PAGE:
Safety for Forklift Operators

Forklifts are widely used every day in businesses and warehouses throughout the world. They may the difficult work of lifting and moving heavy loads easy. But each truck can create potential danger to its operator. Manipulating large loads with a relatively small truck requires a delicate system of balance. Every year in the United States alone, nearly 100 drivers are killed and approximately 20,000 are seriously injured in accidents relating to forklifts. The most common accidents involve vehicle being overturned, but there are many other types of accidents as well. As a result of the dangers of forklift accidents, OSHA (Occupational Safety and Health Administration) has strict guidelines to ensure operator safety.

At the heart of the OSHA guidelines is training for forklift operators. All drivers must complete a training program and they must be licensed or certified. OSHA studies have shown that there is a 70% reduction in operator errors following training. Training topics are clearly specified and are divided into two categories: truck-related topics and work-place related topics. The training must include formal instruction, practical training, and a “hands-on” evaluation of operator performance in the workplace. One important way to ensure on-going safety is that operator must be evaluated for their performance at least one time every three years. If the operator is found to be competent no re-training is required. It is important to note that workers under the age of 18 are not allowed to operate forklifts.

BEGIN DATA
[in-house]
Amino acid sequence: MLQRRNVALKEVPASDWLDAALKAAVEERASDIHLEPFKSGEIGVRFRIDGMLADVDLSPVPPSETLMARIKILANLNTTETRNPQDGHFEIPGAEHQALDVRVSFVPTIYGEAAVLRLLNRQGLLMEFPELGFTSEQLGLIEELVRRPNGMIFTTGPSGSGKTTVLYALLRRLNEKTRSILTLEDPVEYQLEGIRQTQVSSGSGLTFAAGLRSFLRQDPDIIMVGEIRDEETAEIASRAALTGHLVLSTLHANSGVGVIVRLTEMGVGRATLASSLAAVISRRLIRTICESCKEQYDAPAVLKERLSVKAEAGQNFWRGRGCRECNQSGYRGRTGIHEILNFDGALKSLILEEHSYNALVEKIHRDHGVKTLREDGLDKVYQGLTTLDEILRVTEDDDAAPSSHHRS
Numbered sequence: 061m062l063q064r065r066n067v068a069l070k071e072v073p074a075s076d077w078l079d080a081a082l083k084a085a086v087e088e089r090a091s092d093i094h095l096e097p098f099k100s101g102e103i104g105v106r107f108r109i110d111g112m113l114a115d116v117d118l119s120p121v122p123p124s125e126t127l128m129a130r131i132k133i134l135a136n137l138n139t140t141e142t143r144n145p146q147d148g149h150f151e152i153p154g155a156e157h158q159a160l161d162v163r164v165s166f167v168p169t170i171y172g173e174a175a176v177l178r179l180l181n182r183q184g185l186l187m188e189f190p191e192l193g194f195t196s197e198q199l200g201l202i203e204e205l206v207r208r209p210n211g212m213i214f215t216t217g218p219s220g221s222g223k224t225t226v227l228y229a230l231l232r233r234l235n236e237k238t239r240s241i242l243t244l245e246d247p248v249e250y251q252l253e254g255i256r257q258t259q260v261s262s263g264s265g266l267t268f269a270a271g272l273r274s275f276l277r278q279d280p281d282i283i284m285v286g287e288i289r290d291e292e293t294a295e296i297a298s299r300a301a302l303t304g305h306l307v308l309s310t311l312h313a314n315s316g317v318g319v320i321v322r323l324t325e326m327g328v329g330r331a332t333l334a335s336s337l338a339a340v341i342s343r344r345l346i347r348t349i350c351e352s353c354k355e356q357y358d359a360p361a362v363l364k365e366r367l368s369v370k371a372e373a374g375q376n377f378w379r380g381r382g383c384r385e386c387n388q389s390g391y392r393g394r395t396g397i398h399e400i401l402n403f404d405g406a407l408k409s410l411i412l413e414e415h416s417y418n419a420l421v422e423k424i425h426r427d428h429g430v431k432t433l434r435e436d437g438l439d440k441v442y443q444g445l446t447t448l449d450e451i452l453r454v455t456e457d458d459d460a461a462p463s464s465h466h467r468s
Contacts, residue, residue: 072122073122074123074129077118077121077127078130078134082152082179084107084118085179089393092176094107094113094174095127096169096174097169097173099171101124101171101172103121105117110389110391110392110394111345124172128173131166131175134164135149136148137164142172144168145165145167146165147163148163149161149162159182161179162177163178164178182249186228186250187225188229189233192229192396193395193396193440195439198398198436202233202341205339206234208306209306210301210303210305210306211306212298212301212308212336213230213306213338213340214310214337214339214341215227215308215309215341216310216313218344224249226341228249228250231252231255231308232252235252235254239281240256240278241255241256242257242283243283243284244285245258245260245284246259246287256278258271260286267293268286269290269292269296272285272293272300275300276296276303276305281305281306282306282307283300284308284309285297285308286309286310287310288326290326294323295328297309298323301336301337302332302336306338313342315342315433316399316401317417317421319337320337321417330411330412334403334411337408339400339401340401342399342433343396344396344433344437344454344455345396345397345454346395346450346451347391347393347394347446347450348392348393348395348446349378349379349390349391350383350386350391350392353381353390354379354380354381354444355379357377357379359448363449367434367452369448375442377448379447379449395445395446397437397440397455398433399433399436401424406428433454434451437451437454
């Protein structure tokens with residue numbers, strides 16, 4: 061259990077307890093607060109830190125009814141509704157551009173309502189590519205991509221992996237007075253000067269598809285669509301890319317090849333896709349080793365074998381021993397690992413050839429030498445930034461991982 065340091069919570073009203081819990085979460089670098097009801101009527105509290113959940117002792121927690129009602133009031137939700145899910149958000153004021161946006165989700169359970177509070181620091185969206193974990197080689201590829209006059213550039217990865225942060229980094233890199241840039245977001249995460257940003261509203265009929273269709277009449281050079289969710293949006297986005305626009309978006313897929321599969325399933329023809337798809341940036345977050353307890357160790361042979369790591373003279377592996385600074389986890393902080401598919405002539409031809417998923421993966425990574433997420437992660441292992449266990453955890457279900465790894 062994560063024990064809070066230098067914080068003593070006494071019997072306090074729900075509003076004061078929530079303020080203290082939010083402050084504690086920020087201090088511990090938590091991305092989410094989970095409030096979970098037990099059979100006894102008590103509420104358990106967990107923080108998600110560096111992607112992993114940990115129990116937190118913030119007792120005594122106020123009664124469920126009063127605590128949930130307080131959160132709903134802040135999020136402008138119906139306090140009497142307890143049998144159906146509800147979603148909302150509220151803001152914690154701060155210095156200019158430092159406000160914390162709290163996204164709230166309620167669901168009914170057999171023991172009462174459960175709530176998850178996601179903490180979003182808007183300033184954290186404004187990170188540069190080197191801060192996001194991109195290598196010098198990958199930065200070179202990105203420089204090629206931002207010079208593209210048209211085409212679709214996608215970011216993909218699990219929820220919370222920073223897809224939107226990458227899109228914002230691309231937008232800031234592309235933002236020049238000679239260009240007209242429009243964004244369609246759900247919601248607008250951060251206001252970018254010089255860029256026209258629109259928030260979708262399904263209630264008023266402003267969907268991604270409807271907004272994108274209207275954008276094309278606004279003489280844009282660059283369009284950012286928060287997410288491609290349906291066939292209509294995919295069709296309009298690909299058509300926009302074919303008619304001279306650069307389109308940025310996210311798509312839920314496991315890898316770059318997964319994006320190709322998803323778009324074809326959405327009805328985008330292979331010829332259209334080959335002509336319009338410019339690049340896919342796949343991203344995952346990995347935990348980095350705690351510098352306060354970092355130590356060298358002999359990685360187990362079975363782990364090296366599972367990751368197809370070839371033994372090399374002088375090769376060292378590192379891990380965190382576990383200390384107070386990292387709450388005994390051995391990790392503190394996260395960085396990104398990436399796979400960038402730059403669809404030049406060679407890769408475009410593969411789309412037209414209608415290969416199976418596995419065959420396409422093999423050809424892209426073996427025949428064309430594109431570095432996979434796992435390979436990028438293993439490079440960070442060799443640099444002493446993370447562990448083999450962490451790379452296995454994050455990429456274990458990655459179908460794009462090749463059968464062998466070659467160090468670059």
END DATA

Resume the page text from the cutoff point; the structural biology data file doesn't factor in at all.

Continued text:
A forklift has some safety features built into its design. There is usually a sort of “roll cage” around the seat to protect the driver from objects falling on him. One area of confusion is the issue of seat belts for operators. Seat belts have been required since 1992 and there are retrofit restraint systems available. OSHA’s rule about seat belt use is quite clear – if the forklift truck has a seat belt or lap bar it must be used. Research has proven that operators are much safer staying in the seat in the event of a turnover accident. Drivers are often tempted to jump away from the vehicle as it falls. Numerous fatalities had resulted from this practice. Sometimes drivers try to avoid using the seat belts because they have to repeatedly stop what they are doing to attach or unhook a seat belt. Supervisors must ensure that seat belts are consistently used by drivers. One source went so far as to suggest a system that would prevent the truck from operating unless the seat belt was buckled.

Safety is a critical issue in the workplace. Everyone involved in the work process must be diligent to protect drivers, supervisors and bystanders as well as preventing damage to valuable goods. High quality training, well designed equipment, and consistent monitoring and enforcement all contribute to the reduction of injuries and damage.

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